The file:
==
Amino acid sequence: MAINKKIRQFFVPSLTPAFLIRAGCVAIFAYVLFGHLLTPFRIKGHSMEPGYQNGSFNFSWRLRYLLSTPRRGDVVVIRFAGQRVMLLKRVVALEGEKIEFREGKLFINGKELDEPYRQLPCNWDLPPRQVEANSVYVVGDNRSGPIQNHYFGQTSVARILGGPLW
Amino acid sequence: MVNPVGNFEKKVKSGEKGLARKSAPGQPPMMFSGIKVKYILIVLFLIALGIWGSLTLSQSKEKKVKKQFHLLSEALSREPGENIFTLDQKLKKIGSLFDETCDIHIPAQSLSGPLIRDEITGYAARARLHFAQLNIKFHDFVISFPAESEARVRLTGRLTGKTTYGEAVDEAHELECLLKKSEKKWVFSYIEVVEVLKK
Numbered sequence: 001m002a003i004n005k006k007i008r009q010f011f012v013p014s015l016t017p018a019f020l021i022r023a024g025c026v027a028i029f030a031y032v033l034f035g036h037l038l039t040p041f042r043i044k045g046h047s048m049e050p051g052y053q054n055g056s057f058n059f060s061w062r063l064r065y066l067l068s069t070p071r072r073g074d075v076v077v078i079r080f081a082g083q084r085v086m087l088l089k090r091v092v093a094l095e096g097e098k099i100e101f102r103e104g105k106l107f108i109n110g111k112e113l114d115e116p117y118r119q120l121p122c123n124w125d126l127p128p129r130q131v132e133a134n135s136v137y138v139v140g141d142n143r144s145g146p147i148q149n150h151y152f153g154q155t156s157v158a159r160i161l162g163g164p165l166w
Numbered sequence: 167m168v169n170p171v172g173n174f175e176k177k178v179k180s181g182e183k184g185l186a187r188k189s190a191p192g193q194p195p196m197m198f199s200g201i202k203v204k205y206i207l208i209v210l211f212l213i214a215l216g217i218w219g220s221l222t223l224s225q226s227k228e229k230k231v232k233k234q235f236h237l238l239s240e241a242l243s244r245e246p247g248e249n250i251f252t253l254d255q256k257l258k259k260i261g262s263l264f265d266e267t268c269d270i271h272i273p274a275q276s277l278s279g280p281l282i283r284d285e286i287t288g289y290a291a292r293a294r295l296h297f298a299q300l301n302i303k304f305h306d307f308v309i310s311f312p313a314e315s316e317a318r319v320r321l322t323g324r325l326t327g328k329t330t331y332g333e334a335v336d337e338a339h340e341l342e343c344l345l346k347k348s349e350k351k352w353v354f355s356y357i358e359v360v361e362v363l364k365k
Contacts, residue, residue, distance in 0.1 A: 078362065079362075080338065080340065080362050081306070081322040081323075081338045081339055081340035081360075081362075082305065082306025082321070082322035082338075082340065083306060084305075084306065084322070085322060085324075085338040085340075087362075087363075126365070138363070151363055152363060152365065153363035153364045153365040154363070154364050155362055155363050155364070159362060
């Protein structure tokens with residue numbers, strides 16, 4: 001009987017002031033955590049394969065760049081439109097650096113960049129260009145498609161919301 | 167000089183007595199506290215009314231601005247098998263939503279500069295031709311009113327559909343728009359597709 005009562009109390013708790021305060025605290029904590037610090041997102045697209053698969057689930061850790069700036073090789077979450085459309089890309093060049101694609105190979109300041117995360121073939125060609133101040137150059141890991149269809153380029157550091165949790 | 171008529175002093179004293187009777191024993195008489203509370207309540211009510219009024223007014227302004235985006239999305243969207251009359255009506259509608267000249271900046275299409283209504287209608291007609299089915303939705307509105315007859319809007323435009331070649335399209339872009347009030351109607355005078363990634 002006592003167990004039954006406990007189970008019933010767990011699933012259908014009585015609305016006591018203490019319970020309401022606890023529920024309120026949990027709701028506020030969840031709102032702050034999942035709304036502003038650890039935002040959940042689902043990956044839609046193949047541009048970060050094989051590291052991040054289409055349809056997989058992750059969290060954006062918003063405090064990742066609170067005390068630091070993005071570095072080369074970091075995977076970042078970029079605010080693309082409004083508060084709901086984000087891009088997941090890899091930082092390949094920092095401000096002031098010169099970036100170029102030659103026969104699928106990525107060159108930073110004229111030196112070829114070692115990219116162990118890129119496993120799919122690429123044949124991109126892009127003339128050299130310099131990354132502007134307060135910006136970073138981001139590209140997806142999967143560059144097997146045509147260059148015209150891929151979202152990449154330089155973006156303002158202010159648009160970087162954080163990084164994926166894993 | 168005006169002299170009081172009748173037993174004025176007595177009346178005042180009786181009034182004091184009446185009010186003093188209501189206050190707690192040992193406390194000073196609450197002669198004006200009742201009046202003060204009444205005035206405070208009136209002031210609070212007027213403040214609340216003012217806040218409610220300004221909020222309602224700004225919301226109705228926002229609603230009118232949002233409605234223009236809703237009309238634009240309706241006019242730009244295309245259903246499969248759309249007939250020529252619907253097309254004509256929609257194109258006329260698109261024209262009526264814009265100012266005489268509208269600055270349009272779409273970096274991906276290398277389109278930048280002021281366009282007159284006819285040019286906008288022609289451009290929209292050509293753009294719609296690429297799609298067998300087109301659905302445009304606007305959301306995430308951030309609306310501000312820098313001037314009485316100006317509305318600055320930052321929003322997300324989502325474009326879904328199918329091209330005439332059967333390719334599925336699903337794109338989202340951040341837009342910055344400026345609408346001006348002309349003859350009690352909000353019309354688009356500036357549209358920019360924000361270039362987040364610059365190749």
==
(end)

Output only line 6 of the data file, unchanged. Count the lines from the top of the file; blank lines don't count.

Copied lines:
């Protein structure tokens with residue numbers, strides 16, 4: 001009987017002031033955590049394969065760049081439109097650096113960049129260009145498609161919301 | 167000089183007595199506290215009314231601005247098998263939503279500069295031709311009113327559909343728009359597709 005009562009109390013708790021305060025605290029904590037610090041997102045697209053698969057689930061850790069700036073090789077979450085459309089890309093060049101694609105190979109300041117995360121073939125060609133101040137150059141890991149269809153380029157550091165949790 | 171008529175002093179004293187009777191024993195008489203509370207309540211009510219009024223007014227302004235985006239999305243969207251009359255009506259509608267000249271900046275299409283209504287209608291007609299089915303939705307509105315007859319809007323435009331070649335399209339872009347009030351109607355005078363990634 002006592003167990004039954006406990007189970008019933010767990011699933012259908014009585015609305016006591018203490019319970020309401022606890023529920024309120026949990027709701028506020030969840031709102032702050034999942035709304036502003038650890039935002040959940042689902043990956044839609046193949047541009048970060050094989051590291052991040054289409055349809056997989058992750059969290060954006062918003063405090064990742066609170067005390068630091070993005071570095072080369074970091075995977076970042078970029079605010080693309082409004083508060084709901086984000087891009088997941090890899091930082092390949094920092095401000096002031098010169099970036100170029102030659103026969104699928106990525107060159108930073110004229111030196112070829114070692115990219116162990118890129119496993120799919122690429123044949124991109126892009127003339128050299130310099131990354132502007134307060135910006136970073138981001139590209140997806142999967143560059144097997146045509147260059148015209150891929151979202152990449154330089155973006156303002158202010159648009160970087162954080163990084164994926166894993 | 168005006169002299170009081172009748173037993174004025176007595177009346178005042180009786181009034182004091184009446185009010186003093188209501189206050190707690192040992193406390194000073196609450197002669198004006200009742201009046202003060204009444205005035206405070208009136209002031210609070212007027213403040214609340216003012217806040218409610220300004221909020222309602224700004225919301226109705228926002229609603230009118232949002233409605234223009236809703237009309238634009240309706241006019242730009244295309245259903246499969248759309249007939250020529252619907253097309254004509256929609257194109258006329260698109261024209262009526264814009265100012266005489268509208269600055270349009272779409273970096274991906276290398277389109278930048280002021281366009282007159284006819285040019286906008288022609289451009290929209292050509293753009294719609296690429297799609298067998300087109301659905302445009304606007305959301306995430308951030309609306310501000312820098313001037314009485316100006317509305318600055320930052321929003322997300324989502325474009326879904328199918329091209330005439332059967333390719334599925336699903337794109338989202340951040341837009342910055344400026345609408346001006348002309349003859350009690352909000353019309354688009356500036357549209358920019360924000361270039362987040364610059365190749």